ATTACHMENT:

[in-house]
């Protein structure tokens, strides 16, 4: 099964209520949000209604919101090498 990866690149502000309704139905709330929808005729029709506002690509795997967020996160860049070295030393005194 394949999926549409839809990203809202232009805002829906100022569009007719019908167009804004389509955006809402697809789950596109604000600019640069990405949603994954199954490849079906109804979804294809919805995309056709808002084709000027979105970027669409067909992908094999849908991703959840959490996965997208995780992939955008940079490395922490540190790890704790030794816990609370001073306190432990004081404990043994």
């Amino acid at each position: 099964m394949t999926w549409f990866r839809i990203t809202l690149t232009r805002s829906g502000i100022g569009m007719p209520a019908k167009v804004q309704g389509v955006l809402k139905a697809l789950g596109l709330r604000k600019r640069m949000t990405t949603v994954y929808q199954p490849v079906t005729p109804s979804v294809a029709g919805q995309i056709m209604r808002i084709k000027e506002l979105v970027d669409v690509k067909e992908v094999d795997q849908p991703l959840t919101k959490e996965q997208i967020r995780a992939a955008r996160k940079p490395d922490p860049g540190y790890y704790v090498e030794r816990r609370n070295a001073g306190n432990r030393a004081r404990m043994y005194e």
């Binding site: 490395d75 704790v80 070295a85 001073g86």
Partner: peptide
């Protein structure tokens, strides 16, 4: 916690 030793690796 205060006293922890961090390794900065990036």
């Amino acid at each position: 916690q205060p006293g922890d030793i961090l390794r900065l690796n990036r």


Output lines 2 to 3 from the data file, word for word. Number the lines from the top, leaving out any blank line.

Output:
């Protein structure tokens, strides 16, 4: 099964209520949000209604919101090498 990866690149502000309704139905709330929808005729029709506002690509795997967020996160860049070295030393005194 394949999926549409839809990203809202232009805002829906100022569009007719019908167009804004389509955006809402697809789950596109604000600019640069990405949603994954199954490849079906109804979804294809919805995309056709808002084709000027979105970027669409067909992908094999849908991703959840959490996965997208995780992939955008940079490395922490540190790890704790030794816990609370001073306190432990004081404990043994």
């Amino acid at each position: 099964m394949t999926w549409f990866r839809i990203t809202l690149t232009r805002s829906g502000i100022g569009m007719p209520a019908k167009v804004q309704g389509v955006l809402k139905a697809l789950g596109l709330r604000k600019r640069m949000t990405t949603v994954y929808q199954p490849v079906t005729p109804s979804v294809a029709g919805q995309i056709m209604r808002i084709k000027e506002l979105v970027d669409v690509k067909e992908v094999d795997q849908p991703l959840t919101k959490e996965q997208i967020r995780a992939a955008r996160k940079p490395d922490p860049g540190y790890y704790v090498e030794r816990r609370n070295a001073g306190n432990r030393a004081r404990m043994y005194e």